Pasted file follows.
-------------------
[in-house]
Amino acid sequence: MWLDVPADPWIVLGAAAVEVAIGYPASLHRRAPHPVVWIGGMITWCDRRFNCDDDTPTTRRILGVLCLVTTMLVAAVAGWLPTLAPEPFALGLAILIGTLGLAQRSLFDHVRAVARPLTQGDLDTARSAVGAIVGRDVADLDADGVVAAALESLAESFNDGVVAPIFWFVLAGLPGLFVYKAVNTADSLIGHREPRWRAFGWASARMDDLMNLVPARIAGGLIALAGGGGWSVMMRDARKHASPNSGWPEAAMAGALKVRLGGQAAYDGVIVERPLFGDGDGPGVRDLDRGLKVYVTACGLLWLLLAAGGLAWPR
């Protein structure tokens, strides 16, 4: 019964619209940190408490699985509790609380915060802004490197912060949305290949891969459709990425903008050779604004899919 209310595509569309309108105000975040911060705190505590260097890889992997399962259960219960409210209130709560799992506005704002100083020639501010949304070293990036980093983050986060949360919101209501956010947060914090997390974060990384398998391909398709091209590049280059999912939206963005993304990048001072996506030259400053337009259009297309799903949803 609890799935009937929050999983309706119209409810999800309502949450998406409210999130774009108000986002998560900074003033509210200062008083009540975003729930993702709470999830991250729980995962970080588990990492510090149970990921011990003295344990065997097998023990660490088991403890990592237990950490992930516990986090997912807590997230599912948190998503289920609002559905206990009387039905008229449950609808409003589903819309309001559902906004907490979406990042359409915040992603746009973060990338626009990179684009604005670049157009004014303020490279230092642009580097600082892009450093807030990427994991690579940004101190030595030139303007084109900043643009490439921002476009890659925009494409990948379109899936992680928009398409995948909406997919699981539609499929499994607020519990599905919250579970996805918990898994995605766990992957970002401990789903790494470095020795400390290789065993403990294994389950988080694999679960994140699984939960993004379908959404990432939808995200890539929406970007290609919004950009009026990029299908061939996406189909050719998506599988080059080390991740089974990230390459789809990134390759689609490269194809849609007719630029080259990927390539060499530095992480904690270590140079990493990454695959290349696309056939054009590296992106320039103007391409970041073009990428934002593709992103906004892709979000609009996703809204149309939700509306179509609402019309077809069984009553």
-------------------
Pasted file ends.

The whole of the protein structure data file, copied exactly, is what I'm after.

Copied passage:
[in-house]
Amino acid sequence: MWLDVPADPWIVLGAAAVEVAIGYPASLHRRAPHPVVWIGGMITWCDRRFNCDDDTPTTRRILGVLCLVTTMLVAAVAGWLPTLAPEPFALGLAILIGTLGLAQRSLFDHVRAVARPLTQGDLDTARSAVGAIVGRDVADLDADGVVAAALESLAESFNDGVVAPIFWFVLAGLPGLFVYKAVNTADSLIGHREPRWRAFGWASARMDDLMNLVPARIAGGLIALAGGGGWSVMMRDARKHASPNSGWPEAAMAGALKVRLGGQAAYDGVIVERPLFGDGDGPGVRDLDRGLKVYVTACGLLWLLLAAGGLAWPR
């Protein structure tokens, strides 16, 4: 019964619209940190408490699985509790609380915060802004490197912060949305290949891969459709990425903008050779604004899919 209310595509569309309108105000975040911060705190505590260097890889992997399962259960219960409210209130709560799992506005704002100083020639501010949304070293990036980093983050986060949360919101209501956010947060914090997390974060990384398998391909398709091209590049280059999912939206963005993304990048001072996506030259400053337009259009297309799903949803 609890799935009937929050999983309706119209409810999800309502949450998406409210999130774009108000986002998560900074003033509210200062008083009540975003729930993702709470999830991250729980995962970080588990990492510090149970990921011990003295344990065997097998023990660490088991403890990592237990950490992930516990986090997912807590997230599912948190998503289920609002559905206990009387039905008229449950609808409003589903819309309001559902906004907490979406990042359409915040992603746009973060990338626009990179684009604005670049157009004014303020490279230092642009580097600082892009450093807030990427994991690579940004101190030595030139303007084109900043643009490439921002476009890659925009494409990948379109899936992680928009398409995948909406997919699981539609499929499994607020519990599905919250579970996805918990898994995605766990992957970002401990789903790494470095020795400390290789065993403990294994389950988080694999679960994140699984939960993004379908959404990432939808995200890539929406970007290609919004950009009026990029299908061939996406189909050719998506599988080059080390991740089974990230390459789809990134390759689609490269194809849609007719630029080259990927390539060499530095992480904690270590140079990493990454695959290349696309056939054009590296992106320039103007391409970041073009990428934002593709992103906004892709979000609009996703809204149309939700509306179509609402019309077809069984009553």